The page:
|Posted by Winnipeg Chapter on April 28, 2011 at 4:28 PM|
In light of City Hall's 30 year commitment to Veolia, the Council of Canadians Winnipeg Chapter is dedicated to remaining civically vigilant. The agreement overview provided by the City portrays a less objectionable deal than was previously contrived, but we must continue to hold the City and Veolia accountable to Winnipeggers for the claims of transparency, uncompromised service for Winnipeg citizens and the ability to meet environmental standards.
Eleven months after being approved in principle by City Hall, the City of Winnipeg has finally concluded its contract talks with the transnational firm Veolia to oversee the much needed and provincially mandated upgrades to two of the City's wastewater treatment plants.
North End Water Pollution Control Centre
South End Water Pollution Control Centre
For those of us who had laboured long, hard and valiantly against this arrangement, particularly during the last civic election when there had been some hope of holding councillors in favour of the deal accountable, this occasion is tinged with sadness. One of the world's most notorious water profiteers has secured a role in directing an important infrastructure project, which may well have consequences not only for efficient management of a vital local service, but for the world-wide battle for public control of water and waste services.
There is good news however. The summary document which was released last Wednesday (April 20, 2011), makes it reasonably clear that control of our wastewater services will remain in public hands. In fact the document was explicit about this. The France based firm will see its role restricted to consultation. Veolia has clearly convinced the city that their decades of experience and various innovations will supply the department with invaluable expertise which can be embraced or rejected at the discretion of the Director of Water and Waste.
The contract “permits the City to make unilateral decisions in certain areas without incurring financial penalty.” However, the contract also makes explicit the idea that Veolia would not be “unfairly penalized because of a City decision” presumably at variance with Veolia's assessment of how to meet target costs. In other words, if the city chose to reject a recommendation, say, to cut corners on parts or raise rates, decisions that could adversely affect stakeholders in the name of meeting the bottom line, the city would lose the ability to share their risk with the firm. Arguably, this could create an institutional incentive to embrace Veolia's “expertise” just to keep their “skin in the game” to borrow a quote from the Mayor.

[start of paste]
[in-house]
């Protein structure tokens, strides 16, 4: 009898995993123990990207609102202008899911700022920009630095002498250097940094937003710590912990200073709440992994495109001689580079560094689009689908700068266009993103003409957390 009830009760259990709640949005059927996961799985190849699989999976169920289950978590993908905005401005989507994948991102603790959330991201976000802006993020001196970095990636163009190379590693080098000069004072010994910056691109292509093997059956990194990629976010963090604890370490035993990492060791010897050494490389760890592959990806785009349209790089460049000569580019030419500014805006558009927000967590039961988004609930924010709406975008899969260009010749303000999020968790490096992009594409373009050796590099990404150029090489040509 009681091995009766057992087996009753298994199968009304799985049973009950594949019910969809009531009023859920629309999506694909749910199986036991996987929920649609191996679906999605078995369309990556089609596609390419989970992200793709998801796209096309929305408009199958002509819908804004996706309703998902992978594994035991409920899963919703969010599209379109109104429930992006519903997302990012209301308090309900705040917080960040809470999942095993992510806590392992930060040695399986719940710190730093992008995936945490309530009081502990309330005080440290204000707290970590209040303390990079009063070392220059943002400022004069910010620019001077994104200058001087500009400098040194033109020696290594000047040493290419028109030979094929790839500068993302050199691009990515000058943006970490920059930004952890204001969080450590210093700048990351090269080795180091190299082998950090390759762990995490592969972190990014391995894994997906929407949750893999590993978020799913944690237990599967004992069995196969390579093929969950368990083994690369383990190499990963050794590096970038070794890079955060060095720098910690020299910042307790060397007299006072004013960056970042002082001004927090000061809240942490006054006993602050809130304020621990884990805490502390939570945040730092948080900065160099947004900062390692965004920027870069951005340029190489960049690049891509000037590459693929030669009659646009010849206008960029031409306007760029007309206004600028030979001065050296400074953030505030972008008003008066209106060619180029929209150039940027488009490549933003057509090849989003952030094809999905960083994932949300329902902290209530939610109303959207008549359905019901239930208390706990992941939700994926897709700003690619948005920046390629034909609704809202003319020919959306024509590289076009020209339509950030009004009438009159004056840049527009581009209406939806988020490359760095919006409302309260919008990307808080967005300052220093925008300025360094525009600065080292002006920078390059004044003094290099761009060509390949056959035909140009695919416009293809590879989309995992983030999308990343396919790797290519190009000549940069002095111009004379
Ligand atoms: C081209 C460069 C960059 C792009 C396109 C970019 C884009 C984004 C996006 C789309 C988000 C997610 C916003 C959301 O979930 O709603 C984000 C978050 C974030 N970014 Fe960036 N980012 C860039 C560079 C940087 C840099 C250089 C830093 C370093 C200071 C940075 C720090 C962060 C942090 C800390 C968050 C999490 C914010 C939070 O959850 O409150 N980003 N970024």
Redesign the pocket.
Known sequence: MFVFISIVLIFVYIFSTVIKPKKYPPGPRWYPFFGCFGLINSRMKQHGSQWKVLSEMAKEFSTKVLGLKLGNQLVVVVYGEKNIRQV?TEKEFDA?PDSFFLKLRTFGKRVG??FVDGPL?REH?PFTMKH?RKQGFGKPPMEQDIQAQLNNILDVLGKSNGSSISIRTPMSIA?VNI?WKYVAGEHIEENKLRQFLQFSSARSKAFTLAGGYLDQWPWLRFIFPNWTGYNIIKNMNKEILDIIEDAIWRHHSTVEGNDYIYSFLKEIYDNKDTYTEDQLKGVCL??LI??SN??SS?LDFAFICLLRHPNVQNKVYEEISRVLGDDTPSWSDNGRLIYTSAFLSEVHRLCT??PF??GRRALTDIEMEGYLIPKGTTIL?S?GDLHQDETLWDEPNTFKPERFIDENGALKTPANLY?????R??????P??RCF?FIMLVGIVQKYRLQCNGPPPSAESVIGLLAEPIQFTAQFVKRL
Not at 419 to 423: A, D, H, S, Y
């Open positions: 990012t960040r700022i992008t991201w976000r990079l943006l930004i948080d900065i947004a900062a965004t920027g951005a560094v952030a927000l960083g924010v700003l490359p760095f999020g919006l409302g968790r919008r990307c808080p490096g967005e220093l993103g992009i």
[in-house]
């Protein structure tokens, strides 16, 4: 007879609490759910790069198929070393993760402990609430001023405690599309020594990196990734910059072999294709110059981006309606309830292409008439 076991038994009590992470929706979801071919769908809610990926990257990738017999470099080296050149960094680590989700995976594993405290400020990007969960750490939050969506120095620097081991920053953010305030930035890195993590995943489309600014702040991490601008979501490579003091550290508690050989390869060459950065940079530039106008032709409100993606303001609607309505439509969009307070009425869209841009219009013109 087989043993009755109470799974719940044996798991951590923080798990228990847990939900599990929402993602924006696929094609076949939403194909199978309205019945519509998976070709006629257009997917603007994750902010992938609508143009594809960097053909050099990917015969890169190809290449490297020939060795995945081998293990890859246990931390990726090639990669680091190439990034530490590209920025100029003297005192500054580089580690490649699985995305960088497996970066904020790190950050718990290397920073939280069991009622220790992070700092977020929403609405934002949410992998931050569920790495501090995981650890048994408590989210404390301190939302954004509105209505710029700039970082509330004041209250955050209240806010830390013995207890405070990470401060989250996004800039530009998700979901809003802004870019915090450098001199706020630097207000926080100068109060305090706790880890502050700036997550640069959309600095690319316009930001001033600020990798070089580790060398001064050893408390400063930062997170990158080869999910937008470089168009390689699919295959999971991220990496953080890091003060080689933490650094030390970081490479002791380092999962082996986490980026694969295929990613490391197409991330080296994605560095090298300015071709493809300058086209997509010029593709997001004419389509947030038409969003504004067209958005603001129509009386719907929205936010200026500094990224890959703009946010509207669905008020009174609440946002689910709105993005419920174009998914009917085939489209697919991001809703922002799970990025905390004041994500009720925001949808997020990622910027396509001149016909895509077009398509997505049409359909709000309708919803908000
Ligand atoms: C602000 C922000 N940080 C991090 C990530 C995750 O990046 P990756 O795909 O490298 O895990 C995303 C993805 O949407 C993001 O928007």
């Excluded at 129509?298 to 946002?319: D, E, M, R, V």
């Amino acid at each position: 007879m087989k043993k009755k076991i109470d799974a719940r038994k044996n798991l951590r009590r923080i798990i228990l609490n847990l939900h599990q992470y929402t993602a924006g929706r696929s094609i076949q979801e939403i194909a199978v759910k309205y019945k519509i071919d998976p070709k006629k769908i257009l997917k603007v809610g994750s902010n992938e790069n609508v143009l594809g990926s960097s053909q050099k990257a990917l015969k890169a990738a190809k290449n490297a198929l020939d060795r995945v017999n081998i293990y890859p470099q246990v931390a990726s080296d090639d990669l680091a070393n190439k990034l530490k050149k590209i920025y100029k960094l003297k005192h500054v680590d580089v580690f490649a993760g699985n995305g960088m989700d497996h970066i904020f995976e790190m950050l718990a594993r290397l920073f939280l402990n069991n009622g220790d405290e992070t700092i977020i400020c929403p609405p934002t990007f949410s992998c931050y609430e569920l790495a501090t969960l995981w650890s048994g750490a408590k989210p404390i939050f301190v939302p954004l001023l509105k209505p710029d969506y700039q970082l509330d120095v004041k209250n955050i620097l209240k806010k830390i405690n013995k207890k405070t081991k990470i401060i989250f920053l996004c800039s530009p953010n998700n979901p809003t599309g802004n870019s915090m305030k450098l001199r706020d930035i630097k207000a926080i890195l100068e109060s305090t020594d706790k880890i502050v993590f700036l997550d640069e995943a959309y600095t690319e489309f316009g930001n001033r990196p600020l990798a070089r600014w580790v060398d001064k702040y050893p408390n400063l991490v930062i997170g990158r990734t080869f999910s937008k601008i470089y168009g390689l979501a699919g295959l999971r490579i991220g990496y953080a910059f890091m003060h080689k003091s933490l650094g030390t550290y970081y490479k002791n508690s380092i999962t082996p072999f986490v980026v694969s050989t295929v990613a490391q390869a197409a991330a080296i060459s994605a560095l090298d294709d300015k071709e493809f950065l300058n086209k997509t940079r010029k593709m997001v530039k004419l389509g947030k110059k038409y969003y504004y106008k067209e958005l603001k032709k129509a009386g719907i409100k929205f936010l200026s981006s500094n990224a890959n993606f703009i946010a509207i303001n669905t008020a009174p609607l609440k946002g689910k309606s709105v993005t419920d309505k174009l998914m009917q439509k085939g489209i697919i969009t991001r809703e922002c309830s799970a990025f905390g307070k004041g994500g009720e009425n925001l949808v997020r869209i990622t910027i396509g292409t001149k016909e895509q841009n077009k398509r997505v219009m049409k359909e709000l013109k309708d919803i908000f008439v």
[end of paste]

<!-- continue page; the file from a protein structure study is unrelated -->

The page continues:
The document talks about “incentives for meeting or exceeding quality targets on key performance areas...set by the City...” This means Veolia would get rewarded financially if there is service excellence in areas such as human health, safety, waste reduction and GHG mitigation among other areas. Like waving a carrot in front of a mule, Veolia will be motivated to work wonders with our city sewage treatment otherwise they won't get paid as much.
Given Veolia's track record this is not much of an insurance policy. Moreover, one should recall that Veolia is a huge company with operations in hundreds of communities in seventy countries around the world. Chances are they would be less adversely affected by a financial hit in one jurisdiction than, say, the City of Winnipeg would in the event of an accident.
The document seems to have been designed to mitigate the possibility of lawsuits. The Agreement contains an alternative dispute resolution provision. As an advisory body, Veolia teams up with City employees and arrives at a consensus before sending recommendations up to the City Manager. If a dispute should arise however, mediation and binding arbitration can be requested by Veolia.
According to the summary document, the City can back out of this thirty year arrangement without cause, or for convenience, if it is willing to pay Veolia a sum of $5 million. This is a substantial bargain compared to the more than $24 million the City of Indianapolis is on the hook for in their struggle to be free of the French firm.
Within the Council of Canadians, and some of our partners in Winnipeg Water Watch, there is a recognition that the deal announced last week is far superior to the “water privatization” that many of us saw on the horizon back in the spring of 2009. During her Earth Day speech in Winnipeg at the Fort Garry Hotel, Council of Canadians National Chairperson Maude Barlow made a special effort to highlight how the activism of the local chapter and other citizen groups in Winnipeg made a difference.
Maude Barlow in Winnipeg on Earth Day 2011
In this regard, the Winnipeg Chapter would like to thank all of our friends, both within the Water Watch alliance and as individuals, who worked with us to alert Council and the general public as to the significant hazards associated with these sorts of public-private partnerships.
We have taken a step back by introducing a profit motive into our public wastewater system. Cities around the world have fought for years to eventually end their contracts with Veolia. As Winnipeg will undoubtedly come to the same conclusion we remain steadfast in our determination.
Contributor: Michael Welch - Chair, Council of Canadians - Winnipeg Chapter